“The whole future lies in uncertainty: live immediately.” – Seneca, WeCroak

However, the real reason I downloaded it was because I’m constantly on the search for something to change the way I live, to better it, to evolve. And that’s where my expectations lay – in looking to elevate my life.


What was the initial experience like?

IMAN:

I was excited, although I tended to totally ignore the death reminder and interpret the accompanying quote however which way I wanted to. Sometimes, if the quotes were too long or not initially compelling, I ignored them. I feel like whoever chose the quotes wouldn’t be offended though.  Life is too short to waste reading things I don’t like. I’m going to die, remember?

The quotes were usually a welcome distraction from my everyday life, and I like being able to think about something every couple of hours that’s bigger than my work or my worries.

SANA:

The day I downloaded it, I waited for the first notification in tense anticipation. What will it say? How will it make me feel? Will it flick a switch inside me? Light a fire? Am I hanging too much hope on a $0.99 app? 

I do tend to think a little bit harder now about how I spend my time, and what experiences will truly fulfill me.

The moment came and passed, and I remained unchanged. The waiting period ahead of it, though, did leave its mark. The fact that I was waiting for a death quote made me think about dying; human impermanence; there might be no tomorrow.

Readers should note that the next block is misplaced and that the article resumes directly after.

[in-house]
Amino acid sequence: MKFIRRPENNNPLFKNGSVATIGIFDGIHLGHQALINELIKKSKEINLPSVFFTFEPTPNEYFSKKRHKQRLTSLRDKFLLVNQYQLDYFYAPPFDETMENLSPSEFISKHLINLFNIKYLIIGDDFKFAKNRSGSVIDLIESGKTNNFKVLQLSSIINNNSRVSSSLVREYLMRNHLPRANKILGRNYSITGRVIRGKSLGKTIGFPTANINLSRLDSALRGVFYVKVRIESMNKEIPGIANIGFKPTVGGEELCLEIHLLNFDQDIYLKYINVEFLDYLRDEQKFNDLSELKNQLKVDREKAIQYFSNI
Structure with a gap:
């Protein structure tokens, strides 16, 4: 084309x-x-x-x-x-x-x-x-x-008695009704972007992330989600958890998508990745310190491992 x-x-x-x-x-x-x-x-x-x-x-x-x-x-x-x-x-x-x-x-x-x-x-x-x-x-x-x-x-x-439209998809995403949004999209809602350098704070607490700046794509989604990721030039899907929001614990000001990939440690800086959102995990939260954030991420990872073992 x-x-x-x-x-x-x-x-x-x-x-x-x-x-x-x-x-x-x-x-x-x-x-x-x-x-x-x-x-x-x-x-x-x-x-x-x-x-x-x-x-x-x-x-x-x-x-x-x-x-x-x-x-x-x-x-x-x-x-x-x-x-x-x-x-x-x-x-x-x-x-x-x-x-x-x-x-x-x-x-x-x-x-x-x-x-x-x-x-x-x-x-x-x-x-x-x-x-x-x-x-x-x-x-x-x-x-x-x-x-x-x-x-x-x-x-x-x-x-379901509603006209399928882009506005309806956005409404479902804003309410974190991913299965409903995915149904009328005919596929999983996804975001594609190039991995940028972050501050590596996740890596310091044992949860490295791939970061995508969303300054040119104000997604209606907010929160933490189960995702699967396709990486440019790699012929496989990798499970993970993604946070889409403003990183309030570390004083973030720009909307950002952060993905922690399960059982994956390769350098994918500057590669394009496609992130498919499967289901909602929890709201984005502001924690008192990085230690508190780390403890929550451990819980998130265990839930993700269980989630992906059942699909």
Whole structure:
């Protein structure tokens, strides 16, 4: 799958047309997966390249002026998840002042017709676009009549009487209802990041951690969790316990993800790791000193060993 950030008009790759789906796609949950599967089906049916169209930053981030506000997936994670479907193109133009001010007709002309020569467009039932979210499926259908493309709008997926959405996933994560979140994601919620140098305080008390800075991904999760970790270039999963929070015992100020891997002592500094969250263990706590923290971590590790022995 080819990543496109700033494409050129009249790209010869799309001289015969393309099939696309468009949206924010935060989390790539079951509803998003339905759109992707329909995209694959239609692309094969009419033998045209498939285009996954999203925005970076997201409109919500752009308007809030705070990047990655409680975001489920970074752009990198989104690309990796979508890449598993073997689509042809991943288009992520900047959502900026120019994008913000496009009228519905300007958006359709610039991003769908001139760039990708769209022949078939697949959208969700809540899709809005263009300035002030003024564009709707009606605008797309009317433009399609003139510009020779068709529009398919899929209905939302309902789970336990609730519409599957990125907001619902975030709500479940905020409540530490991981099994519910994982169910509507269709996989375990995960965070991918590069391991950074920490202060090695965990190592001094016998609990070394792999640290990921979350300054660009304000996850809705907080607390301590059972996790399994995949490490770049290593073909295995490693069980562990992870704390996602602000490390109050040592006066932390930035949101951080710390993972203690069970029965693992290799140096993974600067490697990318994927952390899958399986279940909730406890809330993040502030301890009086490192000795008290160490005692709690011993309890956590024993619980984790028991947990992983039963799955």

I asked myself – why am I delaying ticking off experiences I’d pushed to “one day”? The next day, I got my nose pierced. Now, I’m planning a trip + curating a tattoo-centric Pinterest board… because why not?

WeCroak's quotes come from artists, poets, spiritualists, films, among many other sources. (Sinisa Jolic/CBC)
WeCroak’s quotes come from artists, poets, spiritualists, films, among many other sources. (Sinisa Jolic/CBC)

Do we think the app had any lasting effects?

IMAN:

I do tend to think a little bit harder now about how I spend my time, and what experiences will truly fulfill me or add something to my life. While a lot of my outlook and attitudes have changed in the months since downloading it, I do wonder how much credit belongs to WeCroak and how much of it is just general early-twenties-emotional-growth.

I also screenshot quotes that I really love and they all live together in an album on my phone that I look through whenever I need emotional bolstering.

SANA: